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Infant Nutrition: The Basics

Edited by Michelle Asselin


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For parents or guardians, understanding optimal nutrition for infant development can be a daunting task. Which formula should be used? What if I choose to breastfeed? When should solid foods be introduced? Which vitamins and minerals are important for development? This guide aims to streamline some important recommendations, so that you can stress less and get back to enjoying time with your baby!



Formula


If your baby is formula fed, there can be an overwhelming number of formulas to choose from. In general, infant formula contains protein, carbohydrates, fat and some vitamins and minerals.


There are special formula types that can be considered in certain situations:

  1. Lactose free formulas: For infants who have had a recent stomach bug or diarrhea. They still contain traces of lactose, so are not recommended in cases of established lactose intolerance. Example: Enfamil A+ Lactose Free

  2. Soy based formulas: For infants with lactose intolerance, or those who are following a vegetarian or vegan diet. They are not recommended for infants with cow’s milk allergy. Example: Similac Isomil

  3. Thickened formulas: For infants who frequently spit up, but may cause constipation and colic. Thickening formula at home is not recommended over purchasing commercially available products. Example: Enfamil A+ Spit Up

  4. Formula with proteins partially broken down: For infants who have stomach issues/need help digesting formula. Example: Enfamil A+ Gentlease

  5. Formula with proteins mostly broken down: For infants with intolerances to cow’s milk or soy protein. Example: Nutramigen

  6. Formula with proteins completely broken down: For infants with severe allergies or poor absorption. Example: Puramino


It is important to consult your infant’s pediatrician or family doctor when considering a special formula type to make sure it is the most appropriate for your baby.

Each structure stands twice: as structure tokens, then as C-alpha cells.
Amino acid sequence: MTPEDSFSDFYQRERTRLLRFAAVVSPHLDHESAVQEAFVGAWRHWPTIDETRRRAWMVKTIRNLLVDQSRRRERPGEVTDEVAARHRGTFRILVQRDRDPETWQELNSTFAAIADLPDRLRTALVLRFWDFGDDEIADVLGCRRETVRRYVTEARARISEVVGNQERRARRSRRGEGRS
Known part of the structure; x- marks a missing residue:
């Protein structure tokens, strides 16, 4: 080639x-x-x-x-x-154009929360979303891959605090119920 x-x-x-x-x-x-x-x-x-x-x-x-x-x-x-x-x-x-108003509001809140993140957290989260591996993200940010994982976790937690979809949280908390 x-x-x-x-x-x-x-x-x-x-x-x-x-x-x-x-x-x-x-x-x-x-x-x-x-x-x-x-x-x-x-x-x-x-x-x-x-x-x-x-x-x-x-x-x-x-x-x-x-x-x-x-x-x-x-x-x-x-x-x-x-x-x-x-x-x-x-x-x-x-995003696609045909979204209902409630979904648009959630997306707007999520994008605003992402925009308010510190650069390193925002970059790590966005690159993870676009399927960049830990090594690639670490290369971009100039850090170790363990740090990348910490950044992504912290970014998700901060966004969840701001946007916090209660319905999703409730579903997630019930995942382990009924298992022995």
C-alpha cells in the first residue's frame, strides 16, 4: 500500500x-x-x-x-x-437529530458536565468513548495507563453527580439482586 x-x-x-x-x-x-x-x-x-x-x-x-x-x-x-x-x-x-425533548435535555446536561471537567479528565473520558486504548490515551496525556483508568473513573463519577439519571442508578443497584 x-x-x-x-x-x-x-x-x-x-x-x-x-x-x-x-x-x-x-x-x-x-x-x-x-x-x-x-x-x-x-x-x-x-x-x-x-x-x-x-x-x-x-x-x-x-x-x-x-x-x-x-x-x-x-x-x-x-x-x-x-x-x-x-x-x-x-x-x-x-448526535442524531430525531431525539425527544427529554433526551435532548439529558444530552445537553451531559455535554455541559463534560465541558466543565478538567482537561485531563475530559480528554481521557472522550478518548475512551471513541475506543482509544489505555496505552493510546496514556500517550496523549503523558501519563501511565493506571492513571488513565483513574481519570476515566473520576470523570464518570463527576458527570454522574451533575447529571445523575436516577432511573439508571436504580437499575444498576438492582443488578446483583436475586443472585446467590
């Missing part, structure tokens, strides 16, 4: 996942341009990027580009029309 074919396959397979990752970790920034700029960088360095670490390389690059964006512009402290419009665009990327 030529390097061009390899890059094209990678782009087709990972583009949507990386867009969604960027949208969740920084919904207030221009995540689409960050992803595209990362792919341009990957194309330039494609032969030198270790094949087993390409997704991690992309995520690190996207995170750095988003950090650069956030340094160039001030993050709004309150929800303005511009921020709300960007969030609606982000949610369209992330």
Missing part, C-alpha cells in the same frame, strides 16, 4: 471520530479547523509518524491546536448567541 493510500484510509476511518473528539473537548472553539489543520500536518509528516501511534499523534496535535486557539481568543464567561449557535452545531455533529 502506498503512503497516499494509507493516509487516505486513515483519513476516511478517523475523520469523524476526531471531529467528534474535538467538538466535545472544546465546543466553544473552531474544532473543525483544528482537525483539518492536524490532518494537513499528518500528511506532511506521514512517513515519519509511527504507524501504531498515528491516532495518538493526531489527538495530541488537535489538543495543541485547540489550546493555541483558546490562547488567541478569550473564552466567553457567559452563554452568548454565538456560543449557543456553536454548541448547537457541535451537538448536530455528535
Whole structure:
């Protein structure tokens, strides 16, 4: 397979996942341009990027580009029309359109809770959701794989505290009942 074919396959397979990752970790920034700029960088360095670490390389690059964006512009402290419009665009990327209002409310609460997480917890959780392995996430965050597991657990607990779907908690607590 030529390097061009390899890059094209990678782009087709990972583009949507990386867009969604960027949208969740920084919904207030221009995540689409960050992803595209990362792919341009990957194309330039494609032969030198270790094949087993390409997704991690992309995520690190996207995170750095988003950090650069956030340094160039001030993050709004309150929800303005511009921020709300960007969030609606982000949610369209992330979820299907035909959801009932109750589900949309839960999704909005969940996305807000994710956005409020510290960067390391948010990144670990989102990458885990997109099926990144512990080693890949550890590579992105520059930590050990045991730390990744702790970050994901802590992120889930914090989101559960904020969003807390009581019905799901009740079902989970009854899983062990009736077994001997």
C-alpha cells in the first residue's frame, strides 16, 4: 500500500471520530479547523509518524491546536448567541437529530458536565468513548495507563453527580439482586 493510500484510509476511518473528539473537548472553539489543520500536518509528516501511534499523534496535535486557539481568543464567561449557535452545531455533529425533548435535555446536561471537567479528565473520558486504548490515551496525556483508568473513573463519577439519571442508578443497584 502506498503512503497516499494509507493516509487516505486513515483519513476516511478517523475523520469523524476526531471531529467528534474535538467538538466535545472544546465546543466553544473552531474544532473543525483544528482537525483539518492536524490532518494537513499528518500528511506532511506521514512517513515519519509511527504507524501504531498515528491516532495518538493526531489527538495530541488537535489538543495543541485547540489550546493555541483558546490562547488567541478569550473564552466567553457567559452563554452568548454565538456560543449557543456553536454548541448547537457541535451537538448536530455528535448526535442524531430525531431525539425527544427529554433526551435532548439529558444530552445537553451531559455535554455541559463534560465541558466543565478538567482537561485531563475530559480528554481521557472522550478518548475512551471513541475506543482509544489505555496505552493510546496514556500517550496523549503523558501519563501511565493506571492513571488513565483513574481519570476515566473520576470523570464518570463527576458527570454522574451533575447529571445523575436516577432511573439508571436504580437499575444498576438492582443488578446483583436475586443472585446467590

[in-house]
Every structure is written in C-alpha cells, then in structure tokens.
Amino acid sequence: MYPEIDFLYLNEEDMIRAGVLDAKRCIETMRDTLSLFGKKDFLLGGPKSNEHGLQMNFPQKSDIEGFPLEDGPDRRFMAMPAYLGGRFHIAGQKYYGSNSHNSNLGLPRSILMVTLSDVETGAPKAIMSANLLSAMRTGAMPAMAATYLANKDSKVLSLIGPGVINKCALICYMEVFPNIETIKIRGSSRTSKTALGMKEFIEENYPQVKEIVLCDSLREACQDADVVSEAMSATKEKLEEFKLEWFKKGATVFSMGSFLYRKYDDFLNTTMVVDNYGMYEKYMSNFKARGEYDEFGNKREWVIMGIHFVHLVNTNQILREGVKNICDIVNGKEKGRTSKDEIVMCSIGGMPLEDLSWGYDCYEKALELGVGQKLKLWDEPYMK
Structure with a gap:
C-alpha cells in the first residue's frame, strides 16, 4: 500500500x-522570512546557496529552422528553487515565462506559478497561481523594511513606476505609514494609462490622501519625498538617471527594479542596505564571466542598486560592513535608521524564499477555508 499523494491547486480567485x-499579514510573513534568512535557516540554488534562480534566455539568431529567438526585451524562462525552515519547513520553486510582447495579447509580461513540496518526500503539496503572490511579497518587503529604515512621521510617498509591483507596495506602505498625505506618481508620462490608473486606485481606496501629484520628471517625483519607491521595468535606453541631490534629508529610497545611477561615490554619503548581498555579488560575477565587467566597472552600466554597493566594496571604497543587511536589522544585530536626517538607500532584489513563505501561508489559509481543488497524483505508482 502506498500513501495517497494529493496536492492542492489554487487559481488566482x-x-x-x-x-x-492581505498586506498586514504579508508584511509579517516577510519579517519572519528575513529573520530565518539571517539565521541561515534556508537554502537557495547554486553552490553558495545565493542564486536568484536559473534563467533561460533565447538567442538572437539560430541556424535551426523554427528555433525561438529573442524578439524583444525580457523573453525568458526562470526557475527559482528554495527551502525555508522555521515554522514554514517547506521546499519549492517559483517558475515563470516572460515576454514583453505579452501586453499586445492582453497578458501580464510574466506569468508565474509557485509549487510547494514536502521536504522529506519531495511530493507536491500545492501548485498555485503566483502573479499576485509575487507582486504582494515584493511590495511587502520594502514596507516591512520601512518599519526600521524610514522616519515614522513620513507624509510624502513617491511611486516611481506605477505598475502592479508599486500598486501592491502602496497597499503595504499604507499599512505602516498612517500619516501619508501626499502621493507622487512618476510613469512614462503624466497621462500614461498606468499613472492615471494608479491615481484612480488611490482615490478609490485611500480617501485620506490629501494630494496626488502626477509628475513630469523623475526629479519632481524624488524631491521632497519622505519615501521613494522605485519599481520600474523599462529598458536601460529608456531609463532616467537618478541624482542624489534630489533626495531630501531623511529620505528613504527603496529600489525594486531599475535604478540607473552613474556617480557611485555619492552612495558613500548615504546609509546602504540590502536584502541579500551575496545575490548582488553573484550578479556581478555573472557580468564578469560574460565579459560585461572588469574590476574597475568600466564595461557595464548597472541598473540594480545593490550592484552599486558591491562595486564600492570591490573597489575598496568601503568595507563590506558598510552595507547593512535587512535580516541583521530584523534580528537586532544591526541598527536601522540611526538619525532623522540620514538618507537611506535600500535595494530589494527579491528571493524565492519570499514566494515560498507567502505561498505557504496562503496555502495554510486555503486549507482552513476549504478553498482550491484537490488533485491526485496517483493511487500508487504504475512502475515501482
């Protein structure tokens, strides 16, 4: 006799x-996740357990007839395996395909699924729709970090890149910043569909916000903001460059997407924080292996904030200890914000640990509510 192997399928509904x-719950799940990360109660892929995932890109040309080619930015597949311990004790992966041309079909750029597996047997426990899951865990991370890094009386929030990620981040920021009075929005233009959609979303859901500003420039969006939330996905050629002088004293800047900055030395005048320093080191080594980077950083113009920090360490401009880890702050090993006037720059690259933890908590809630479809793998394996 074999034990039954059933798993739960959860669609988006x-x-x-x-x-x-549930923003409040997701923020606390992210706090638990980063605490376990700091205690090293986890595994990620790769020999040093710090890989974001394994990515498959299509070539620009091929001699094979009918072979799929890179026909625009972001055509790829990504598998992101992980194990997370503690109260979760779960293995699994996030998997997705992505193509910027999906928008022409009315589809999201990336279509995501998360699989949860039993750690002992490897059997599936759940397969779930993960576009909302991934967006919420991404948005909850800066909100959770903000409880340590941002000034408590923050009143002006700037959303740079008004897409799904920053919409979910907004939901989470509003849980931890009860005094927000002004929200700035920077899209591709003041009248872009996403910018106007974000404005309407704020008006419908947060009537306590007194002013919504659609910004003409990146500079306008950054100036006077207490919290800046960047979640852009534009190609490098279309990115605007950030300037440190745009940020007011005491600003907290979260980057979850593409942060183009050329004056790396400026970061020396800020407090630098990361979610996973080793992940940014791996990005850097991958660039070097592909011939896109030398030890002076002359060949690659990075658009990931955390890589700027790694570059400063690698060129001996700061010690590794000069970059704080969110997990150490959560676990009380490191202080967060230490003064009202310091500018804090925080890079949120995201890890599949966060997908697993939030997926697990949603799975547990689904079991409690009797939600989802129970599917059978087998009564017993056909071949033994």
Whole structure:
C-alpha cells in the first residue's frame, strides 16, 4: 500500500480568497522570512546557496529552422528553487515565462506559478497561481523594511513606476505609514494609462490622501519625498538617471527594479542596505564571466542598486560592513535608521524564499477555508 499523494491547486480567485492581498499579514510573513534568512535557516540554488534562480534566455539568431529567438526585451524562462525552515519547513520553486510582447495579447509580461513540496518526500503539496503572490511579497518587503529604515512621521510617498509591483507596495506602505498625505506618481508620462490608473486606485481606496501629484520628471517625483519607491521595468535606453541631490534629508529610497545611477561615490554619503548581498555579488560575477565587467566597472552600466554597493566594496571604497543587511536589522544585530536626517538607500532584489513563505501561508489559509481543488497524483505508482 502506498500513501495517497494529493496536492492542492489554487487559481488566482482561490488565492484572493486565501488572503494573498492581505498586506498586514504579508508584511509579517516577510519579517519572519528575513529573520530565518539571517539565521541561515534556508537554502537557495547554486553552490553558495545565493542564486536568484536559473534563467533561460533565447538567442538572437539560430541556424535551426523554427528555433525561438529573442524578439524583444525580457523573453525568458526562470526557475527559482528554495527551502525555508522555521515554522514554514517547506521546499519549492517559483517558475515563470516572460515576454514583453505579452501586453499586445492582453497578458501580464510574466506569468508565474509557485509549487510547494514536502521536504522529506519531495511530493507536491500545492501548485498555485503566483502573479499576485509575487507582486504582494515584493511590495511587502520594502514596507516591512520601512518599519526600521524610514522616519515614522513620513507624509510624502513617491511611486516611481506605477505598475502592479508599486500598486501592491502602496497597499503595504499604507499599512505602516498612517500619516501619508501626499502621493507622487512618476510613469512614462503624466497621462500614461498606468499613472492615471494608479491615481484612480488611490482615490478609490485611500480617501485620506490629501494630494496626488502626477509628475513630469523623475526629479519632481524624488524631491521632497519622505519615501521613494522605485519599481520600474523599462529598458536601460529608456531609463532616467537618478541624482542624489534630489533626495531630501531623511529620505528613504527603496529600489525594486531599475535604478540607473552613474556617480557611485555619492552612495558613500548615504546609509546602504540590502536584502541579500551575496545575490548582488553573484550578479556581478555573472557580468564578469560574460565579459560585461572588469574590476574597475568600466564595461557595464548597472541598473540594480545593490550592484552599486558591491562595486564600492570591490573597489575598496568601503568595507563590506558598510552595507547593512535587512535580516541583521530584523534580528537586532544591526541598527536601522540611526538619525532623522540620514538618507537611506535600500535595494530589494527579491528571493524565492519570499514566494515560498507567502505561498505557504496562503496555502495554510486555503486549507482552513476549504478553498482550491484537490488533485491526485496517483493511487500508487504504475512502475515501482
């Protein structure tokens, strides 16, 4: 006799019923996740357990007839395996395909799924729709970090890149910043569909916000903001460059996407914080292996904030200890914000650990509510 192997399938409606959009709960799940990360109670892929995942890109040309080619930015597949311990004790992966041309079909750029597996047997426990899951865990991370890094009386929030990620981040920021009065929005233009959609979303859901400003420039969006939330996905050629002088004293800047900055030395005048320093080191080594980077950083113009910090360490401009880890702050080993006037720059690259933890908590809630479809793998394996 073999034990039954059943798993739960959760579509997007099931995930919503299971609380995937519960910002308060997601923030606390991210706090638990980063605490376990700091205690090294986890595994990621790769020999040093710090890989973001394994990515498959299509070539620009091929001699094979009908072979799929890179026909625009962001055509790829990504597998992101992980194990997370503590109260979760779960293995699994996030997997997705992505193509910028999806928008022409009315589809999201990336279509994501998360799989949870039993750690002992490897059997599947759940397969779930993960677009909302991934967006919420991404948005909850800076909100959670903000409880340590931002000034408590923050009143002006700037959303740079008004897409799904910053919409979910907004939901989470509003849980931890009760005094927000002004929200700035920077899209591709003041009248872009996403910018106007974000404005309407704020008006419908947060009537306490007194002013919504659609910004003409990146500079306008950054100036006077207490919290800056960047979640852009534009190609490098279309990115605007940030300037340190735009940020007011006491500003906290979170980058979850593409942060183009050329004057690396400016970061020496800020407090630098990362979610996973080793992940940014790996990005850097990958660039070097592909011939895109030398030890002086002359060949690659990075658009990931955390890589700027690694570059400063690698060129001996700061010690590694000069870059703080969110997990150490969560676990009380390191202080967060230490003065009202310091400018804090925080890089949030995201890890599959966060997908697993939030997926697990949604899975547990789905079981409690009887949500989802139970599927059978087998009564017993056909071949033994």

Formula formats include:

  • Powder: Takes effort to mix well, cheapest ($) *most common*

  • Concentrated Liquid: Prepared by mixing equal parts water and formula, more expensive ($$)

  • Ready-to-use Liquid: Does not need to be prepared, most expensive ($$$)



Breastfeeding


This guide will only briefly mention breastfeeding in the context of proper infant supplementation. For more detailed information about breastfeeding, check out this resource from the Canadian Pediatric Society.


If you are breastfeeding your baby, they will need daily vitamin D supplementation to prevent vitamin D deficiency and to promote healthy bones. Infant formulas are often already fortified with vitamin D, so formula fed babies do not require supplementation.


Babies need 400 IU of vitamin D per day. Vitamin D is available as drops (1 drop = 400 IU).



Solid Foods



When to introduce solid foods? --- Around 6 months


This time does not have to be exact. It is better to take cues from your baby to determine when they are ready for solid food such as, holding food in their mouth without pushing it out, showing an interest in food, sitting up without support, and seeming hungrier than usual.



What should the first foods be? --- A source of iron


Iron-fortified infant cereal (such as rice, barley, oat or wheat cereal) is a common starting point. Pureed meat, egg yolk, and well-cooked beans, lentils, or chickpeas can also be a good source of iron.


Iron is very important for brain development. If babies have low iron, this can lead to poor brain function and motor development and may negatively impact their growth. This is why we need to incorporate iron rich foods into a baby’s diet!



How should foods be introduced? --- Gradually